Location of Site:
Underneath the seashore cliffs forming part of Ricasoli Fort, facing the east.
Type of Dive: From the shore
Average Depth: 6 metres
Maximum Depth: 12 metres
Certification Required: BSAC Ocean Diver, PADI Open Water or equivalent.
The Cannons at Ricasoli are located in a sea cavern whose roof collapsed through erosion and the weight of the cannons which apparently had been dumped and covered above it sometime in the early part of the 20th Century.
The Cavern: To find the cave you have to swim to the left from the entrance point just after the first wall of defence of the fort and keep the foreshore on your left side. After about 15 minutes, you enter a small L shaped alcove which shallower from 10m deep to about 3m and if you surface here, you will see the entrace to the cave in front of you. The entrance of the cavern can be seen from sea level and is up to about 2m up from the sea level.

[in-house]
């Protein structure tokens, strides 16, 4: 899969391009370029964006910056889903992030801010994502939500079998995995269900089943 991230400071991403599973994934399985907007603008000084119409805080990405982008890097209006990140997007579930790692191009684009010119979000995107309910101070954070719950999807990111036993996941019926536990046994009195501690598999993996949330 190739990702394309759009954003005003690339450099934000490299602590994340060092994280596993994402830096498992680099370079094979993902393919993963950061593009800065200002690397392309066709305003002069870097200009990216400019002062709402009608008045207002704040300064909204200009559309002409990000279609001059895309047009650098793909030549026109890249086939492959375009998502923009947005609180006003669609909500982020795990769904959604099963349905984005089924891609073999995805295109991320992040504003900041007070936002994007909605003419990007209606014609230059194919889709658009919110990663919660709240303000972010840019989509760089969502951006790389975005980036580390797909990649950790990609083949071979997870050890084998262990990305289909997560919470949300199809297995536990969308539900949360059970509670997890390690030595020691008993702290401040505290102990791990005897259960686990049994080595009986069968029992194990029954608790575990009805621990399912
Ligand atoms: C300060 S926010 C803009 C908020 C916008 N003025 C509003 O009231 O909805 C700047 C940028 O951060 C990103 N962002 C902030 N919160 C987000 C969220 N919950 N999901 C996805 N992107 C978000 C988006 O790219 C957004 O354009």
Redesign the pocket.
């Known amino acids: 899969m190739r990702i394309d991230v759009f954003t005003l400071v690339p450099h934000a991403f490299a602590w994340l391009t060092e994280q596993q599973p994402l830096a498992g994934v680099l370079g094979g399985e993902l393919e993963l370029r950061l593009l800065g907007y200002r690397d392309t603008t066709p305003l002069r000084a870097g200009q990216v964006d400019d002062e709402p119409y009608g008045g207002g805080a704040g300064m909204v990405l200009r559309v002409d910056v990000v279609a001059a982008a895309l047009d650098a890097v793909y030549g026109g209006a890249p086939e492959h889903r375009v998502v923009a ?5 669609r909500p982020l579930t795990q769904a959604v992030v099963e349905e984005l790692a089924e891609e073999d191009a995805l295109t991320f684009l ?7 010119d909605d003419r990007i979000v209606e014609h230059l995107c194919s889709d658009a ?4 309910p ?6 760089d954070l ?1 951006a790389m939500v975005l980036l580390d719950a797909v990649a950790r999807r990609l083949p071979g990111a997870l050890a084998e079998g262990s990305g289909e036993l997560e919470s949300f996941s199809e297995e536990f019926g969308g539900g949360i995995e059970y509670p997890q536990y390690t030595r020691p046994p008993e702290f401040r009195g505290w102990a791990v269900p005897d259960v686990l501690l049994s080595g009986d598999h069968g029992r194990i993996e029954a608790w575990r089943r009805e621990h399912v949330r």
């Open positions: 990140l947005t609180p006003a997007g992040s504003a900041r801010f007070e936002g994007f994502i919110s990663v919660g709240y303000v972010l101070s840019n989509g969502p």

The Cannons: The two smaller cannons (about 10 feet long with a 3 feet diameter) can be seen immediately upon entering the cavern, with the third larger cannon (about 14 feet long and 4 feet diameter) is right after them. Depth here is 2-3m and is well lit thanks to the hole in the roof of the cavern.
Speculation is that these are Victorian era front muzzle loading cannons that fell into disuse prior to World War 2 and were disposed of by dumping on the grounds of the ricasoli fort sometime before or during the War.
The Reef: This vermitid reef can house a lot of different shallow water usuals lile octopus, cutttelfish, damselfish, various wrasses and moray eels. It is an easy dive.
This divesite is off the popular divesites. Make sure someone (preferably two persons) stays on guard with the vehicles as the area is rundown and may be visited by shady characters.
Boats pass fairly close to shore and the entrance to the Grand Harbour is very close. Keep an SMB handy in case of emergency and if diving very shallow, make sure you’re close to rocks which jut out of the sea’s surface as boats will keep away.
Do not dive this site if east winds/waves are prevalent. Waves and heavy rain may cloud up visibility within the cavern as it’s very shallow. Rocks in the walls of the cavern may be unstable, so don’t spend any more time than necessary inside the cavern. The cavern roof is close to a car park used by Ricasoli visitors who willingly or not, may cause materials to fall down into the cavern.